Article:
PRESS RELEASE: SPLC Statement on Today's Decision in Doninger v. Niehoff
FOR IMMEDIATE RELEASE
Contact: Frank D. LoMonte, executive director
(703) 807-1904 / firstname.lastname@example.org
The Student Press Law Center voiced concern Monday that the 2nd U.S. Circuit Court of Appeals’ ruling denying the First Amendment claims of a high school blogger is a setback for the rights of student journalists everywhere.
The New York appeals court ruled 3-0 that school administrators did not violate “clearly established” First Amendment precedent, either when they disciplined Avery Doninger for her off-campus blog or when they punished her and her classmates for wearing “Team Avery” T-shirts at a school assembly to protest the initial disciplinary decision.
The SPLC, through volunteer legal counsel from the law firm of Hunton & Williams, appeared as a friend-of-the-court in support of Doninger, who was a Connecticut high-school junior at the time her principal disqualified her from class office because Doninger used coarse language to criticize school administrators on a LiveJournal blog. The blog was created on personal time on Doninger’s family computer, and there was no evidence that anyone read or acted on the blog at school.
SPLC Executive Director Frank D. LoMonte described the ruling as “exceptionally narrow” because it turned entirely on the issue of “qualified immunity” – which means that government officials cannot be held liable for money damages even if they violate the law, if the law was not “clearly established” by a factually similar judicial decision at the time of the violation.
“In one respect, this ruling is a relief and is a great improvement over the district court’s decision. The court was very careful not to address whether Avery Doninger’s First Amendment rights were or were not violated. So no school attorney will be able to advise his client that punishing a student for uncivil remarks on an off-campus blog is a punishable offense. That is at best an unsettled proposition, and the fact that the circuit avoided deciding it should be a signal that the court is hesitant to go that far,” LoMonte said.
“The ruling is worrisome in several respects. What Avery Doninger was doing was not terribly different from what an editorial commentator might do – trying to arouse the public to call and email the school to express an opinion about a disputed policy decision. It’s troubling that the Second Circuit is willing to entertain the possibility that inciting citizens to contact their public officials is unprotected by the First Amendment if the issue is so controversial that people feel strongly about it, which is the takeaway from this decision,” LoMonte said. “The circuit has indicated, in essence, that it’s safe for students to engage in discussion about issues that nobody cares about, but if the issues raise strong emotions, then the students’ involvement might be considered ‘disruptive.’”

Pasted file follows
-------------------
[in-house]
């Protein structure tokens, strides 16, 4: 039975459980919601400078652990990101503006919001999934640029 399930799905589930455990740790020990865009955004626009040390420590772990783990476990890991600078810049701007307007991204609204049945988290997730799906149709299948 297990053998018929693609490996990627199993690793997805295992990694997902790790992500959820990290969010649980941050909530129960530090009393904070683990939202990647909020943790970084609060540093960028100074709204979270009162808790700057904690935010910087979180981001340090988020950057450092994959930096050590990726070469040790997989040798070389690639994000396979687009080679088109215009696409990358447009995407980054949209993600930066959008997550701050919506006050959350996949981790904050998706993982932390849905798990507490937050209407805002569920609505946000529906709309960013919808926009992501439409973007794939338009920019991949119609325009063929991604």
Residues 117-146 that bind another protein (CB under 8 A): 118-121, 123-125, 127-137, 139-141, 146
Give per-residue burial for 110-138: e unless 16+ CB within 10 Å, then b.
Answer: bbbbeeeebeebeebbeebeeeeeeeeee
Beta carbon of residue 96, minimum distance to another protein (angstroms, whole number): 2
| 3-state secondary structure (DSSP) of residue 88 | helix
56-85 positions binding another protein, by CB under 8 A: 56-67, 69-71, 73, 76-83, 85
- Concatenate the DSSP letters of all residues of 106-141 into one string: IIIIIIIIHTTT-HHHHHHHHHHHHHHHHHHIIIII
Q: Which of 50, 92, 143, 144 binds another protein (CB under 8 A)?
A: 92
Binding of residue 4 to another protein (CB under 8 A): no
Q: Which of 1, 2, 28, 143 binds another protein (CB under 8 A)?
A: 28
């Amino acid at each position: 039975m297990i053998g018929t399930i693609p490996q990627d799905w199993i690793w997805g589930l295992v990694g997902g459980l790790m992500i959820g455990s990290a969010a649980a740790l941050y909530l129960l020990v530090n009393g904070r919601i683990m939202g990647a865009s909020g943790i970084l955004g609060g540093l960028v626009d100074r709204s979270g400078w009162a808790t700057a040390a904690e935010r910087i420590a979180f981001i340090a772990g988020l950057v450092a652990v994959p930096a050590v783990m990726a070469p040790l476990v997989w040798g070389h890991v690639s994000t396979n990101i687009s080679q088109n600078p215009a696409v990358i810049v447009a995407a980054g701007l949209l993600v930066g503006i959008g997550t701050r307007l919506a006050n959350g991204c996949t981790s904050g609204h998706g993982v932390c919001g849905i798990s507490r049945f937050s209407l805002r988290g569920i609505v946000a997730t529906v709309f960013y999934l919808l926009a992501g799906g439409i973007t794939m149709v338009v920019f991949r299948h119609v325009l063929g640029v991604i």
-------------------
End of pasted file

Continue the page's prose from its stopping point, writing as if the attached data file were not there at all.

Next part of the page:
LoMonte said the circuit should have reached the underlying issue of whether the school’s conduct in removing Doninger from office was or was not a First Amendment violation, because leaving that issue open does nothing to clarify the state of the law for schools and students going forward.
As to the secondary claim in the case, involving the protest T-shirts supporting Doninger, LoMonte said the circuit’s decision is “flatly inconsistent” with the Supreme Court’s Tinker v. Des Moines Independent Community School District standard – which protects the right to wear apparel protesting about divisive issues – and with the more recent Eighth Circuit ruling in Lowery v. Watson Chapel School District, in which the court extended the Tinker rule to cover protests about local school policies (in that case, a protest about dress codes). LoMonte said these precedents clearly establish that wearing a T-shirt with a controversial message – in the absence of evidence that the shirts will provoke a physical disturbance – is protected by the First Amendment.
“It’s clear that the federal courts have abdicated their responsibility to protect the basic human rights of vulnerable young people, and so young people are going to have to organize and mobilize like never before to petition their legislators and members of Congress for better statutory protection,” LoMonte said. “This ruling is a wake-up call to every student in America that their rights are in peril and that they cannot depend on the federal courts to police even the clearest disciplinary overreactions.”
Since 1974, the Student Press Law Center has been devoted to educating high school and college journalists about the rights and responsibilities embodied in the First Amendment, and supporting the student news media in covering important issues free from censorship. The Center provides free information and educational materials for student journalists and their teachers on a wide variety of legal topics.